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The Grand Vision for Golden Tee LIVE

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This chapter is from the book

This chapter is from the book

When Larry and Jim tell the story of how they arrived at their grand vision for Golden Tee LIVE, they come off sounding more like mystics than game designers. Every few years, they take a pilgrimage to a local hotel where they rent a suite for the afternoon, order room service, and commune with the muses of coin-op. They surround themselves with pads of paper, pens, a whiteboard, some dry erase markers, and a couple laptops, and they knock around ideas. They hold these idea sessions once a week over the course of several weeks until they come up with a unified vision for the game. And then they descend from the mountain not with stone tablets, but with a couple scraps of paper that contain a few kernels of thought that will ultimately drive the development of the next version of the most successful coin-op video game in the industry.

Unfortunately for posterity, Jim and Larry have few recollections of those meetings and far fewer notes. The doodles, the schematics, the record of who said what and which one of them came up with the idea for a particular feature have been reduced to a smudge on a dry eraser, and they don’t even know where that ended up.

Why? Because all that doesn’t really matter to them. What does matter is what’s recorded on those couple scraps of paper, what they brought back to their colleagues at Incredible Technologies: the creative seeds from which the future Golden Tee LIVE would sprout.

Figure 3.1

Figure 3.1 The vision for Golden Tee LIVE.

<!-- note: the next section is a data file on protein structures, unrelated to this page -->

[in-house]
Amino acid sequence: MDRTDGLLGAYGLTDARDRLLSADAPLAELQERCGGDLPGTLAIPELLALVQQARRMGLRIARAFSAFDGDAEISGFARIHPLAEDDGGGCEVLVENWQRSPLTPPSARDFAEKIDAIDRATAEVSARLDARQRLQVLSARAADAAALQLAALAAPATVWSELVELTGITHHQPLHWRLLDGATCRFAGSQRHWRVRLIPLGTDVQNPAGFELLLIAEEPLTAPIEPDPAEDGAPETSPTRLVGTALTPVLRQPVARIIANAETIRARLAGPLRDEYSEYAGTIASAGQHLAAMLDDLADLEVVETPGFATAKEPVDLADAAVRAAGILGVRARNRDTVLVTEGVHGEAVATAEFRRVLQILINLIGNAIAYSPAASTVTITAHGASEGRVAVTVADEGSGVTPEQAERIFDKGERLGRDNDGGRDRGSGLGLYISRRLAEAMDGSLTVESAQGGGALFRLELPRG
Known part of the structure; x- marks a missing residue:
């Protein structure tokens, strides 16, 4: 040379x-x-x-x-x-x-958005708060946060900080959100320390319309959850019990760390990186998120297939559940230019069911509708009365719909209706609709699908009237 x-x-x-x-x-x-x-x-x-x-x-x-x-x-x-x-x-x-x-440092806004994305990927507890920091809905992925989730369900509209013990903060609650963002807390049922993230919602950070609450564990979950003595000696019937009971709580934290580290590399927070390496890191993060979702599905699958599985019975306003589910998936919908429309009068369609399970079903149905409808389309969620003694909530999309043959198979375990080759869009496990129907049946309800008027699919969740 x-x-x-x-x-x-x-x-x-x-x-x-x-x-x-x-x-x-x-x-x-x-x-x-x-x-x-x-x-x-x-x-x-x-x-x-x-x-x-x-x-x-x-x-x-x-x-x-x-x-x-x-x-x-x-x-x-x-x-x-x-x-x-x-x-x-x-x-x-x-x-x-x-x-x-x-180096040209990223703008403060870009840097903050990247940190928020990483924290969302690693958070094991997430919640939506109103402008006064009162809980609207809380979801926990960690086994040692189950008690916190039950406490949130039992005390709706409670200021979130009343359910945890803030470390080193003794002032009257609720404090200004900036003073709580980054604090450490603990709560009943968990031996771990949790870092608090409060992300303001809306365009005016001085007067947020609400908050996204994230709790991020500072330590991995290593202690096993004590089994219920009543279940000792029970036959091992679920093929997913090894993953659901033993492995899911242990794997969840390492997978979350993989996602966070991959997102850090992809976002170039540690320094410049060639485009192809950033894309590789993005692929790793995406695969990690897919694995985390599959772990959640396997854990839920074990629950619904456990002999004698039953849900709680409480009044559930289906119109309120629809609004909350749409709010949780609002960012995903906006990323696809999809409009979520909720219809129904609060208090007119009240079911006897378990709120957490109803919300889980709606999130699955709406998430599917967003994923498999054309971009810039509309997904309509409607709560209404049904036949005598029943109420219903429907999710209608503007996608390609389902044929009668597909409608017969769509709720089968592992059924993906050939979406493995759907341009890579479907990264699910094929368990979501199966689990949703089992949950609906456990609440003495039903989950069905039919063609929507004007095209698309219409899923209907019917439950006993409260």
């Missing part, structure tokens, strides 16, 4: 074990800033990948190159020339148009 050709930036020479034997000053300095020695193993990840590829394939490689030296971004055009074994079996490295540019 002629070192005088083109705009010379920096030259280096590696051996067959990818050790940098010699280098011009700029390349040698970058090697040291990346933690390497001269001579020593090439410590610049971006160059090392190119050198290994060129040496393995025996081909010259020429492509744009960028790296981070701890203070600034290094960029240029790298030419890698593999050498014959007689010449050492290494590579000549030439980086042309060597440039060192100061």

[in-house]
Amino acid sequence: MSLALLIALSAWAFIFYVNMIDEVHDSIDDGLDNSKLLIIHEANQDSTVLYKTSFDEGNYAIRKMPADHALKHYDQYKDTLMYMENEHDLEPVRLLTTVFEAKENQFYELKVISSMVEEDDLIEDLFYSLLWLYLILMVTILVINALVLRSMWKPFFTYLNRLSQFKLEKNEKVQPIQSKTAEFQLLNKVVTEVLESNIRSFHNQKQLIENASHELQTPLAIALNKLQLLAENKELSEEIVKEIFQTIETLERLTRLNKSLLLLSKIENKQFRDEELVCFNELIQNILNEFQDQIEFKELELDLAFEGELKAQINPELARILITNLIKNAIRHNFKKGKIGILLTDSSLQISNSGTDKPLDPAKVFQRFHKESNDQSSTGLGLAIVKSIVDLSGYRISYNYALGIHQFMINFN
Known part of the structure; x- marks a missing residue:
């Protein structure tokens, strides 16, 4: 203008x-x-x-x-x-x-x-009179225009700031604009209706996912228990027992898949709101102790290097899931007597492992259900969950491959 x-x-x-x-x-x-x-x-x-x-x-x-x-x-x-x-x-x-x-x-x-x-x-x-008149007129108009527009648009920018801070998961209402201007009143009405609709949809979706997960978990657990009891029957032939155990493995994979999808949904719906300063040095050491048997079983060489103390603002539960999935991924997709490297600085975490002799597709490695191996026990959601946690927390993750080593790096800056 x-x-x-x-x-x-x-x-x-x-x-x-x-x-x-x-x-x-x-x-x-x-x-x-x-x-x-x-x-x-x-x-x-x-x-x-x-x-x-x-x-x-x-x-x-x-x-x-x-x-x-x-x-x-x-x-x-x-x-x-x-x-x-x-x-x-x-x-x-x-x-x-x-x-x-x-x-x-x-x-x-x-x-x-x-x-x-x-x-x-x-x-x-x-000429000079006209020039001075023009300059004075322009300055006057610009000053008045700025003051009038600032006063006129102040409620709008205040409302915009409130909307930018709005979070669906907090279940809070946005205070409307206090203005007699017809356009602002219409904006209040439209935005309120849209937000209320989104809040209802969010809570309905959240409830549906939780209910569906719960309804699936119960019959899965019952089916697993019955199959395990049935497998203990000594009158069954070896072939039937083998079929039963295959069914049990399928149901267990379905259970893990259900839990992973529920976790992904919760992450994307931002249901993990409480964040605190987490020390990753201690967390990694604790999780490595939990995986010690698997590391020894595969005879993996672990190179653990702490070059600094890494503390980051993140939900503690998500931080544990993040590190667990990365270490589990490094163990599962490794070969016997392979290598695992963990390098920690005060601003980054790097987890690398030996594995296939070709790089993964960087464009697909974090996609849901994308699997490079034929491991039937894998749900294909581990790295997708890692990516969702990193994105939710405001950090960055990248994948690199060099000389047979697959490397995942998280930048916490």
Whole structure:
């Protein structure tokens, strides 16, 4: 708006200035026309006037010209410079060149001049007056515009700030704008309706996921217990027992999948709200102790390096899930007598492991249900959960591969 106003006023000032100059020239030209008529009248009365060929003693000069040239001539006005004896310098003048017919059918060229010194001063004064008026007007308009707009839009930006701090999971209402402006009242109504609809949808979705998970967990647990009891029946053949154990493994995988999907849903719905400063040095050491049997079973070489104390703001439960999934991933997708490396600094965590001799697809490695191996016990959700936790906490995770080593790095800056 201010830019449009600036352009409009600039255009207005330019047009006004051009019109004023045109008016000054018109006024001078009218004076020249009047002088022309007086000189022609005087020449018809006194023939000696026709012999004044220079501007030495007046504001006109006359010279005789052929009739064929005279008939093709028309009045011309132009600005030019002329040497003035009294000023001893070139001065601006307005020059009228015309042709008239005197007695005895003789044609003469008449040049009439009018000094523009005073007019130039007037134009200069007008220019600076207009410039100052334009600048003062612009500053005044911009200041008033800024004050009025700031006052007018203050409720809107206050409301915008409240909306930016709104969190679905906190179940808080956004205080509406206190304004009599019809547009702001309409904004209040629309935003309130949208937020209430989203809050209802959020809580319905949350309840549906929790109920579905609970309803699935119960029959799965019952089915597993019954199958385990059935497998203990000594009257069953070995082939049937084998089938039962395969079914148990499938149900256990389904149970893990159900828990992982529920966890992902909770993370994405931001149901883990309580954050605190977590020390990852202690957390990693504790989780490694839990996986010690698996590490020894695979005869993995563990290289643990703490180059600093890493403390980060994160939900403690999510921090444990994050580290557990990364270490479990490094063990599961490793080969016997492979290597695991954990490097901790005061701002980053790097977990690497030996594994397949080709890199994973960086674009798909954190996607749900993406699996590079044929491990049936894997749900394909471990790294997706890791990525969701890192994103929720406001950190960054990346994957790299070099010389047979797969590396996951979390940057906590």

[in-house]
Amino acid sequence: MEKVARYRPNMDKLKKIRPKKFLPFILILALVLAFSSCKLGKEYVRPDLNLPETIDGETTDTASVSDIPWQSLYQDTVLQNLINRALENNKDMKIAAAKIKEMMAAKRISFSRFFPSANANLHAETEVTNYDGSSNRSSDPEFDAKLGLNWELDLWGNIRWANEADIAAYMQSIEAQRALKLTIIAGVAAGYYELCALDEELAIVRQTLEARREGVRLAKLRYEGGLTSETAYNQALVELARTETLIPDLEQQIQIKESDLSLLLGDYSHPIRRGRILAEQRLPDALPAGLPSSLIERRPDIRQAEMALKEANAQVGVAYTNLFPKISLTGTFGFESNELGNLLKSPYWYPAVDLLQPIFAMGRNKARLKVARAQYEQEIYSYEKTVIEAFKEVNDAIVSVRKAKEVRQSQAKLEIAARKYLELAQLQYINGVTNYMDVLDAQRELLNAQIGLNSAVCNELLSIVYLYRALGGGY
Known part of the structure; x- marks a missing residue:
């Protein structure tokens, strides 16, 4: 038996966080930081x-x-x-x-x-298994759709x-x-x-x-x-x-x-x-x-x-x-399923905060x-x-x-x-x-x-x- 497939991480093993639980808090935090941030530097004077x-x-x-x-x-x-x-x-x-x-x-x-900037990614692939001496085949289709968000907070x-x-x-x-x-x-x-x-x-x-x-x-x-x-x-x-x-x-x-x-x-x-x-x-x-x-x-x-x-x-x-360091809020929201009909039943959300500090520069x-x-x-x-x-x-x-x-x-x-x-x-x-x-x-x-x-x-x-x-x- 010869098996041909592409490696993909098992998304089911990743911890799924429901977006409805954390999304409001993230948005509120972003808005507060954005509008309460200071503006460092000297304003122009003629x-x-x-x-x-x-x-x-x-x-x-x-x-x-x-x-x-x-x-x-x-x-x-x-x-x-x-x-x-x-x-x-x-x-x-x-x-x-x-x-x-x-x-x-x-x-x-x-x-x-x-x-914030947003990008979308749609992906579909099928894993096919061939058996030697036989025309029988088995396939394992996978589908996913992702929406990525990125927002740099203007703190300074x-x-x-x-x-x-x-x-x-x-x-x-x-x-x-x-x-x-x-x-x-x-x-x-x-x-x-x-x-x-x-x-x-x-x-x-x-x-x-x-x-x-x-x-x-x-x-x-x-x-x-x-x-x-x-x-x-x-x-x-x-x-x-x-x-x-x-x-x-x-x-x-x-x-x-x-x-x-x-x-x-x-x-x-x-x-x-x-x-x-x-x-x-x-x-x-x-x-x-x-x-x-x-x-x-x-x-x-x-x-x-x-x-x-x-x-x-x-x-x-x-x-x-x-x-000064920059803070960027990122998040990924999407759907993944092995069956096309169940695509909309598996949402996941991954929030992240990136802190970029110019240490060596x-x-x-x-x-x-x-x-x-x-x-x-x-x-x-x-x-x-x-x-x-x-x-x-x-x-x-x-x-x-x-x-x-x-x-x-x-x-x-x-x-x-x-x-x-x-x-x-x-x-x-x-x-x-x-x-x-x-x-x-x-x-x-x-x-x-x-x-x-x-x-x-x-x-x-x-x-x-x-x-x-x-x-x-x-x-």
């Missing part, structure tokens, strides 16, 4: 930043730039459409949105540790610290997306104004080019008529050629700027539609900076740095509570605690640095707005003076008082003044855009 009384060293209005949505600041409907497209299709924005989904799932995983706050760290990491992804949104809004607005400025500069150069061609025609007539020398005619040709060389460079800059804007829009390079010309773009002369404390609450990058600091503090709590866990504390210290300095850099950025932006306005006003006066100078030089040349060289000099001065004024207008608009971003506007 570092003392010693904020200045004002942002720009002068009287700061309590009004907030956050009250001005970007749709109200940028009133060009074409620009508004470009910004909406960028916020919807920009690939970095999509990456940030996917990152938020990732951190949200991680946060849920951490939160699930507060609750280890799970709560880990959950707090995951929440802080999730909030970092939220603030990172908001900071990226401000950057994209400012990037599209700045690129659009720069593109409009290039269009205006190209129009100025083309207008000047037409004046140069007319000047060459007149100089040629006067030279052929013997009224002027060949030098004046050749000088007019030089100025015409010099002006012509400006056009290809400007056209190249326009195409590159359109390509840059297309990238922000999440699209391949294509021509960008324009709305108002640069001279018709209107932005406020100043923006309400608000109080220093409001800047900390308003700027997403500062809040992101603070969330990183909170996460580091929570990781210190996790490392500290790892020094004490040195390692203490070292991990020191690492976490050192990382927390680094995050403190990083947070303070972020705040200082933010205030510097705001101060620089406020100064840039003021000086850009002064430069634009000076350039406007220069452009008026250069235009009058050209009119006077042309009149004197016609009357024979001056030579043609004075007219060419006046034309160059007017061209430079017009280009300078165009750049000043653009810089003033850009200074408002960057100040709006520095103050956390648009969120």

The coin-op market is more like the movie industry than like the home-console market. People are paying for an entertainment experience. They’re not investing in the latest technology.

Designing for the Needs of the Coin-Op Market

The unique nature of the coin-op video game market wields a great deal of influence over Larry and Jim’s vision for Golden Tee. The coin-op market is fundamentally different from the home console video game market. The economics—the business models for the two industries—are entirely different. With home consoles, players buy the hardware. They have a vested interest in the equipment. When players shell out $300 for a new console or $2,000 dollars for a new computer, they want to see the technology whirl in front of them. In the home market, the bells and whistles are important.

In a coin-operated environment, people are paying for the game experience, for the entertainment value they receive for their four or five dollars. They’re not purchasing the hardware or the game. They want something that’s visually appealing, but they don’t expect to be wowed by the technology. They just want a game that’s fun to play with their buddies.

Larry and Jim have a feel for how much money players are willing to pay for a round of Golden Tee golf, and they design the best game they can possibly deliver at that price. If a feature has the potential of increasing the entertainment value for the player enough to make it worth the cost of developing and implementing it in the game, it gets in the game. If it doesn’t show that potential, they scrap it.

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